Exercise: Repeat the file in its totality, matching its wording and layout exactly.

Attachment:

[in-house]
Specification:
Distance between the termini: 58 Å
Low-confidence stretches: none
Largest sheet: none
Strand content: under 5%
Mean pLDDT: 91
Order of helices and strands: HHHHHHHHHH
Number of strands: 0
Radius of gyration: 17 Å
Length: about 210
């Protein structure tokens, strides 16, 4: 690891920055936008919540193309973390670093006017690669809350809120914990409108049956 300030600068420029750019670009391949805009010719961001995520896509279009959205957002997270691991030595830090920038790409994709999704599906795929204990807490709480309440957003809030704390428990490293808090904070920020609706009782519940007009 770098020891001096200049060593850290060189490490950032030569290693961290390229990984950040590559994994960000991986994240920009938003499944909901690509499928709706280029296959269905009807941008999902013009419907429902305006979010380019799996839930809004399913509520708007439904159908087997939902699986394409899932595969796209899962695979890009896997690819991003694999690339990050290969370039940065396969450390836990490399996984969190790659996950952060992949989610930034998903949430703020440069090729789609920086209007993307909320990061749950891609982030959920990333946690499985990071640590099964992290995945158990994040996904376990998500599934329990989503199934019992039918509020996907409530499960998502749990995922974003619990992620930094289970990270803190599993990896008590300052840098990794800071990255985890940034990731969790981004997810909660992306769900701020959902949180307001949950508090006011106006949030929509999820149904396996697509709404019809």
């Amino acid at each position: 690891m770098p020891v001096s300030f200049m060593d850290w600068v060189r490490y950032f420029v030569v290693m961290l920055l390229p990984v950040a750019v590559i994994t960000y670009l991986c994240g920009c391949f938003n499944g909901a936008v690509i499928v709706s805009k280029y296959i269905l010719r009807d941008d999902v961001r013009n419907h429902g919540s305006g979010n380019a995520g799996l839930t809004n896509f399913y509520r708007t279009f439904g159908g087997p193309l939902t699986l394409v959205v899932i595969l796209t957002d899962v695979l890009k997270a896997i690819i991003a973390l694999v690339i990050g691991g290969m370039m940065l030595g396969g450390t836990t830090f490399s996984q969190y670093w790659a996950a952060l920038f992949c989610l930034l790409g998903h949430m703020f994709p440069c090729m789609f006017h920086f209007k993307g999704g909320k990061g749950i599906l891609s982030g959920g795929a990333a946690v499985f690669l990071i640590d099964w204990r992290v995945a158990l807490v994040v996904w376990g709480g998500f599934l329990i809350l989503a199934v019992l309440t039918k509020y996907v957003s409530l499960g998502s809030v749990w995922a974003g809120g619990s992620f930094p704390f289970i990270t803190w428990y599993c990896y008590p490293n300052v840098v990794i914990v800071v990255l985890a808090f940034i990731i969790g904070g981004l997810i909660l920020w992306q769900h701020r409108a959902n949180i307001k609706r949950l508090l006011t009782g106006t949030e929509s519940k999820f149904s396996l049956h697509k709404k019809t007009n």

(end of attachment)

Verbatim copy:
[in-house]
Specification:
Distance between the termini: 58 Å
Low-confidence stretches: none
Largest sheet: none
Strand content: under 5%
Mean pLDDT: 91
Order of helices and strands: HHHHHHHHHH
Number of strands: 0
Radius of gyration: 17 Å
Length: about 210
């Protein structure tokens, strides 16, 4: 690891920055936008919540193309973390670093006017690669809350809120914990409108049956 300030600068420029750019670009391949805009010719961001995520896509279009959205957002997270691991030595830090920038790409994709999704599906795929204990807490709480309440957003809030704390428990490293808090904070920020609706009782519940007009 770098020891001096200049060593850290060189490490950032030569290693961290390229990984950040590559994994960000991986994240920009938003499944909901690509499928709706280029296959269905009807941008999902013009419907429902305006979010380019799996839930809004399913509520708007439904159908087997939902699986394409899932595969796209899962695979890009896997690819991003694999690339990050290969370039940065396969450390836990490399996984969190790659996950952060992949989610930034998903949430703020440069090729789609920086209007993307909320990061749950891609982030959920990333946690499985990071640590099964992290995945158990994040996904376990998500599934329990989503199934019992039918509020996907409530499960998502749990995922974003619990992620930094289970990270803190599993990896008590300052840098990794800071990255985890940034990731969790981004997810909660992306769900701020959902949180307001949950508090006011106006949030929509999820149904396996697509709404019809």
């Amino acid at each position: 690891m770098p020891v001096s300030f200049m060593d850290w600068v060189r490490y950032f420029v030569v290693m961290l920055l390229p990984v950040a750019v590559i994994t960000y670009l991986c994240g920009c391949f938003n499944g909901a936008v690509i499928v709706s805009k280029y296959i269905l010719r009807d941008d999902v961001r013009n419907h429902g919540s305006g979010n380019a995520g799996l839930t809004n896509f399913y509520r708007t279009f439904g159908g087997p193309l939902t699986l394409v959205v899932i595969l796209t957002d899962v695979l890009k997270a896997i690819i991003a973390l694999v690339i990050g691991g290969m370039m940065l030595g396969g450390t836990t830090f490399s996984q969190y670093w790659a996950a952060l920038f992949c989610l930034l790409g998903h949430m703020f994709p440069c090729m789609f006017h920086f209007k993307g999704g909320k990061g749950i599906l891609s982030g959920g795929a990333a946690v499985f690669l990071i640590d099964w204990r992290v995945a158990l807490v994040v996904w376990g709480g998500f599934l329990i809350l989503a199934v019992l309440t039918k509020y996907v957003s409530l499960g998502s809030v749990w995922a974003g809120g619990s992620f930094p704390f289970i990270t803190w428990y599993c990896y008590p490293n300052v840098v990794i914990v800071v990255l985890a808090f940034i990731i969790g904070g981004l997810i909660l920020w992306q769900h701020r409108a959902n949180i307001k609706r949950l508090l006011t009782g106006t949030e929509s519940k999820f149904s396996l049956h697509k709404k019809t007009n």